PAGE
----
Glasgow Girl has a reputation beyond reputeGlasgow Girl has a reputation beyond reputeGlasgow Girl has a reputation beyond reputeGlasgow Girl has a reputation beyond reputeGlasgow Girl has a reputation beyond reputeGlasgow Girl has a reputation beyond reputeGlasgow Girl has a reputation beyond reputeGlasgow Girl has a reputation beyond reputeGlasgow Girl has a reputation beyond reputeGlasgow Girl has a reputation beyond reputeGlasgow Girl has a reputation beyond repute
Default Re: Tax: UK gifting, capital gains, move to GC

I believe that any gift less than $100,000 from a person who is not and never has been a US citizen is not subject to US income tax. If it is from a company or entity of some kind then different rules apply. Google Form 3520 that should give you more information. This should also help https://www.irs.gov/businesses/gifts...foreign-person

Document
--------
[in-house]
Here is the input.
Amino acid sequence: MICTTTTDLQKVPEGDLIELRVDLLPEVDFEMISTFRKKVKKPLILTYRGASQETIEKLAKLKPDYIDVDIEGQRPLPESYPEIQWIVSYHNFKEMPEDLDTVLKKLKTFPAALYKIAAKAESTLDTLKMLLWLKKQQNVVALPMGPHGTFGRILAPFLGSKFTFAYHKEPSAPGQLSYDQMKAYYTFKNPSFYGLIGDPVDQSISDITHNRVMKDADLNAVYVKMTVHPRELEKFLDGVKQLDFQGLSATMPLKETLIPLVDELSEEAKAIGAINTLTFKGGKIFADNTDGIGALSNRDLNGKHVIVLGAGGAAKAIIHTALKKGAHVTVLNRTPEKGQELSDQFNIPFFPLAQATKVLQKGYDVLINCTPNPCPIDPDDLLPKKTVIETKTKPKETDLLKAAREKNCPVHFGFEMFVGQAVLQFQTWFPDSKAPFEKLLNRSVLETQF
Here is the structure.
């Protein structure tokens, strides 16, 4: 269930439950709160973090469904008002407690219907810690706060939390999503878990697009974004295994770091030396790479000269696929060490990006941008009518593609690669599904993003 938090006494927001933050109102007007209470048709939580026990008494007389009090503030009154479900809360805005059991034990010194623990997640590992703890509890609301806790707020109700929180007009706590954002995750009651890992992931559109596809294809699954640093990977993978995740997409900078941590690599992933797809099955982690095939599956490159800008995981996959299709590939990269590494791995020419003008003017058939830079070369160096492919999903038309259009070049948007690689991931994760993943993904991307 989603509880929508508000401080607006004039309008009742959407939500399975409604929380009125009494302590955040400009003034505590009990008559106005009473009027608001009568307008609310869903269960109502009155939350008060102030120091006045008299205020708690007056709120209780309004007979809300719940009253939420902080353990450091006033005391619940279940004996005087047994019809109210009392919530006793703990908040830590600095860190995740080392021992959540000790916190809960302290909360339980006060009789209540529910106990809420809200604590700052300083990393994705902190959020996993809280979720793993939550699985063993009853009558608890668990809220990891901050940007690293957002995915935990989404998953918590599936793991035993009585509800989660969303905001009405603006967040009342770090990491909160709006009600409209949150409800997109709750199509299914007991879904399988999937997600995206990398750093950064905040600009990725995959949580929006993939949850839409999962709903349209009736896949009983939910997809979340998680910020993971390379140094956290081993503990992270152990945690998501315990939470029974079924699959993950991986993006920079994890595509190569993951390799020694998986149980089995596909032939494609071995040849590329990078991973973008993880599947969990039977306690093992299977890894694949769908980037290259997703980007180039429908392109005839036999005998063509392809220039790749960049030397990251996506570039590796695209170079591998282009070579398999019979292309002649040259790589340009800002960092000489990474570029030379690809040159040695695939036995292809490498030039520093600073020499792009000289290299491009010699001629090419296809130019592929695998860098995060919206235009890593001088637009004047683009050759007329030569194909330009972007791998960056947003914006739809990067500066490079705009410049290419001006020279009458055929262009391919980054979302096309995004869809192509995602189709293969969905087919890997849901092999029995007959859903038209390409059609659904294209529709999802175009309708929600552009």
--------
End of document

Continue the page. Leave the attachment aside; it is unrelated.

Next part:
With regard to tax on a UK brokerage account. Income in the form of interest and dividends is subject to regular income and capital gains taxes BUT any sales are subject to the PFIC taxation regime. Google that and you will find numerous sources of information. The simple explanation is is that you will pay federal tax on any profits at the highest rate of personal income tax that exists, not your marginal tax rate but the highest rate that is published which I think is currently at 37%. To that you can add state tax. In addition you have to prorate the total gain over the number of years that you owned the shares and pay interest at IRS rates for the gains apportioned to prior years. This includes any years you owned the funds prior to ever setting foot in the USA, getting a visa, green card, etc. The net result is that if you sell your profit will be subject to a minimum of 37% federal tax, plus state tax, plus compound interest which clearly becomes onerous the longer you have owned the investment. Add to that that personal income tax rates are likely to rise substantially depending upon who wins the election, and that 37% rate will likely look like a bargain with hind sight. The bottom line is sell those funds as soon as you can and reinvest in US mutual funds, unless you plan not to sell until you become a non “US person”.